Research on this topic has not been done in-depth, which has reduced many persons to source hard for information or make do with the poor prognosis from researchers. Experts are rare in this field, so the excuse for poor scientific research done on this subject.
In positive buoyancy disorder, the fish floats on the surface of the water with its skin exposed to air because of the over-inflation of the swim bladder. This exposure rubs the fish off its protective mucous barrier, and the skin is affected by infection and ulceration. The positive buoyancy occurs in the posterior chamber, and the exact cause of the over-inflation can only be revealed through proper diagnosis.
From research carried out, the causes of over-inflation may be trauma, parasitic infestation, polycystic kidney (in some fishes), and cancerous complications. You should also know that a slight shift of the swim bladder due to gas displacement, will trigger a positive buoyancy. Since the anterior region of the swim bladder is firmly attached to the spine, this displacement can only occur in the posterior part of the fish.
For positive buoyancy, gastrointestinal diseases are also a common cause. This will require a deeper diagnosis and treatment because the gastroenteritis or parasites responds differently to medications. Gastroenteritis can be triggered by fighting, change in diet, the stress of shipment, etc. The stomach of the fish does not have a diaphragm, and both the abdomen and chest are not separated. When the gastrointestinal tract is excessively filled with gas, it causes the fish to swim with its belly up. But, if other materials are discovered in the bowels, negative buoyancy may likely occur.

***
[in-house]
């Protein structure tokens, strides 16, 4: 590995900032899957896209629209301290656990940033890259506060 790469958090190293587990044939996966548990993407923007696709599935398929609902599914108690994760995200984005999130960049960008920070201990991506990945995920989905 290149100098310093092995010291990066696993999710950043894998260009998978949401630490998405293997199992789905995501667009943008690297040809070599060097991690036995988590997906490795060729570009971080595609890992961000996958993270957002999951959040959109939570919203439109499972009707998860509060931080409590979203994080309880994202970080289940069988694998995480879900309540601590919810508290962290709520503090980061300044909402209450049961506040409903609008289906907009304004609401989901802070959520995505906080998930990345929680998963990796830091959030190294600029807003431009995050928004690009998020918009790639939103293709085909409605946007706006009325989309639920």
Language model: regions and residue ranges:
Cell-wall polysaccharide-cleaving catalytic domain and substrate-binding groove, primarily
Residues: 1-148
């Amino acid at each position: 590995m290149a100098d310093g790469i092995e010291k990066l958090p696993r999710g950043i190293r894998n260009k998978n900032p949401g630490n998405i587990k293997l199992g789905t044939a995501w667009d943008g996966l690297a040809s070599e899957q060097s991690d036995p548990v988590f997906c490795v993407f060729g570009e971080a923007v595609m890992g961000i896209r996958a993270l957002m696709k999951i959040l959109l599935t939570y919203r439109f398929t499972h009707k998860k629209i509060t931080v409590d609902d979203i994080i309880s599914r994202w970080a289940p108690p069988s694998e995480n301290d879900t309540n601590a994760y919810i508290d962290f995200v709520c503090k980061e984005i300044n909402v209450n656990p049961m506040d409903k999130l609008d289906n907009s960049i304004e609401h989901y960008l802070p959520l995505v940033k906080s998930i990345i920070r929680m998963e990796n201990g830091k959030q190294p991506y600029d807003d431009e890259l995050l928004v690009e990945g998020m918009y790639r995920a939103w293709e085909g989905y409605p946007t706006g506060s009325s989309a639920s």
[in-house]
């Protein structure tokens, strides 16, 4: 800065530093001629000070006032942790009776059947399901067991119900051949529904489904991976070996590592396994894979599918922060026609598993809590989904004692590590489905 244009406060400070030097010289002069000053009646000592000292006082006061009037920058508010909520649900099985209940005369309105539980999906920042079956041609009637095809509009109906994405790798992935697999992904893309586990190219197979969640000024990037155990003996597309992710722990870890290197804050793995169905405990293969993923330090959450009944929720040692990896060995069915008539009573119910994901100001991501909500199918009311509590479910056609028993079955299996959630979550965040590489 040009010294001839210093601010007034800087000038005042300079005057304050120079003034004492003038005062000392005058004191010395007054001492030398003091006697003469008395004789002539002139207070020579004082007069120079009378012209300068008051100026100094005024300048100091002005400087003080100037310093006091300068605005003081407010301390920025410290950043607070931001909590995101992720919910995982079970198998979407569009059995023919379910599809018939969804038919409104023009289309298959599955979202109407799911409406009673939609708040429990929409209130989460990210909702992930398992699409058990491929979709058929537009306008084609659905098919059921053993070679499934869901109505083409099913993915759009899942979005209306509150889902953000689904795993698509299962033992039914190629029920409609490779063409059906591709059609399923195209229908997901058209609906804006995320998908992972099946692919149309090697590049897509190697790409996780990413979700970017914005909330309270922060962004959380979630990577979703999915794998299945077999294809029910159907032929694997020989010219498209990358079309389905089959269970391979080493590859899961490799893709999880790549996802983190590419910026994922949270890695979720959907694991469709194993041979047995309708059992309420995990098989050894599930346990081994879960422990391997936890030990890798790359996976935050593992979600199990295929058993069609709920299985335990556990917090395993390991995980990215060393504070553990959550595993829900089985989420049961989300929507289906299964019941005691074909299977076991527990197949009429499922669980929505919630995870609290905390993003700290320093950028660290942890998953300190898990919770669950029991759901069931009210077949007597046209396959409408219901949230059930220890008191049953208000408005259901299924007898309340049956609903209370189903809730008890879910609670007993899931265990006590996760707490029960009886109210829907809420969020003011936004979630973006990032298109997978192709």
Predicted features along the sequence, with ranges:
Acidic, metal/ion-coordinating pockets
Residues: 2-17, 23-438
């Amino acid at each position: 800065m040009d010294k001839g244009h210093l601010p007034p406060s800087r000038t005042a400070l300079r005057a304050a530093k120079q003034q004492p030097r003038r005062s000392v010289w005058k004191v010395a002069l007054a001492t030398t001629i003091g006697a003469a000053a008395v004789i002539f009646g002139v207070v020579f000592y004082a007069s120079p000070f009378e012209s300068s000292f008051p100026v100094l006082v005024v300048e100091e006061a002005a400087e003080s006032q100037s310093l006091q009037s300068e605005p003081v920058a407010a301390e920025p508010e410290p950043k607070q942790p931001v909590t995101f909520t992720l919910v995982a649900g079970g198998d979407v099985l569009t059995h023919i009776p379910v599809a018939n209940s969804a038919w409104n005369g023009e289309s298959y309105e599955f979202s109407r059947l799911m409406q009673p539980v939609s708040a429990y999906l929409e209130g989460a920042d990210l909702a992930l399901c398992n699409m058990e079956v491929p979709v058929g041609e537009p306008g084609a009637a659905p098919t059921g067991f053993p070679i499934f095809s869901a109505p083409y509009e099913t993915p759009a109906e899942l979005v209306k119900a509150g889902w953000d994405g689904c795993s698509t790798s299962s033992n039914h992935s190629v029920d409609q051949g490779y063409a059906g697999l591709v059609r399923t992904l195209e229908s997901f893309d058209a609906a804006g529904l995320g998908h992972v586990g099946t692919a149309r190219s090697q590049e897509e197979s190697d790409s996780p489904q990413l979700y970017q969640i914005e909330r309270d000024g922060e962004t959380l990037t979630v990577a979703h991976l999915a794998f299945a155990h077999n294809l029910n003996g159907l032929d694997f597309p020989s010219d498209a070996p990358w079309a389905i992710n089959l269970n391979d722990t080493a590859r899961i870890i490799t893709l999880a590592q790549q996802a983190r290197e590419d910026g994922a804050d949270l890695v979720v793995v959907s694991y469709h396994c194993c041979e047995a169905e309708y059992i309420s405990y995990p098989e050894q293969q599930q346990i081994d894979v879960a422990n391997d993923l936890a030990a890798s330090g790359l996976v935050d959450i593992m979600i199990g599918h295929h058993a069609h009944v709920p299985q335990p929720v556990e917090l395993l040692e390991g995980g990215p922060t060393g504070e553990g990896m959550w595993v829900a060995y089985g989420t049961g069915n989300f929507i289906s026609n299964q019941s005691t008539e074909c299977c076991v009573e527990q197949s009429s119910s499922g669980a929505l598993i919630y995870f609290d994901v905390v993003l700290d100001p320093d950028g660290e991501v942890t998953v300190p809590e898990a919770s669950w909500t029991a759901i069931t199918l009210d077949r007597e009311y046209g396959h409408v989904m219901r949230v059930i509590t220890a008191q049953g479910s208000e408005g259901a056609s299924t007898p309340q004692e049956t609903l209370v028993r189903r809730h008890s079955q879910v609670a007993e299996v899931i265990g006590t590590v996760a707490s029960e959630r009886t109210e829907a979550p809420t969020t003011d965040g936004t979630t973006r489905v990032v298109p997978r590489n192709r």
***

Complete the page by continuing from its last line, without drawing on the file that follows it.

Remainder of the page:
In negative buoyancy, the presence of fluid in the swim bladder causes the fish to sink to the bottom of the aquarium. The pneumatic air duct connects both the swim bladder and the esophagus, and it allows the passage of fluids. This fluid can upset the stability of the fish by displacing air in the swim bladder. While it maintains normal posture, neural stability is difficult to attain. Diagnosis is carried out through samples gotten by sticking needles into the swim bladder.
Swim Bladder Disorder – Causes
- Gulping too much air.
- Cooler temperature.
- Water quality.
- Water pH spike.
Swim Bladder Disorder – Treatment Steps
[STEP1] – Maintain the water quality and change the water partially every two to three days.
[STEP2] – Add Epsom salt to your aquarium (1 Tablespoon per 40 Gallons).
[STEP3] – Starve the affected Discus fish, in cases due to overfeeding so food can digest, for at least three days.
[STEP4] – Increase temperature to up 86+ degrees Fahrenheit to aid digestion.
[STEP5] – Reduce the water level and feed them frozen green peas (after warming them up) after three days.
Reduce Water Level so the discus fish with swim bladder can eat the fish food at the bottom of your tank.
Prepare and feed your discus with green peas like the below video, remember that this is applicable to all types of fishes including discus fish.
[STEP6] – Hand feeds the fish(es), in case if they re not eating, by catching the fish very gently and put a small portion of green peas in their mouth and leave them in the water.
[STEP7] – For cases due to infection, see a veterinary professional quickly before it worsens.
Swim Bladder Disorder – Future Prevention Tips
- Always soak food before feeding. This will avoid flaky foods on top of the water, and prevent fish from gulping air while eating. When you soak the food, it allows the food to sink into the water, and fish will not have to come to the surface to feed. Or you can get sinking feeds, to avoid the stress of soaking.
- Avoid overfeeding the fish. Feed fish with small amounts of food per day to avoid constipation; it only requires a small quantity of food to function properly.
- The aquarium should always be cleaned. Parasites and bacteria thrive in a dirty environment that infects the fish in the long run. Always test the pH, nitrite, and ammonia levels of the water or change the water constantly. You can introduce aquarium salt every now and then, to help combat diseases and boost the immune system of the fish.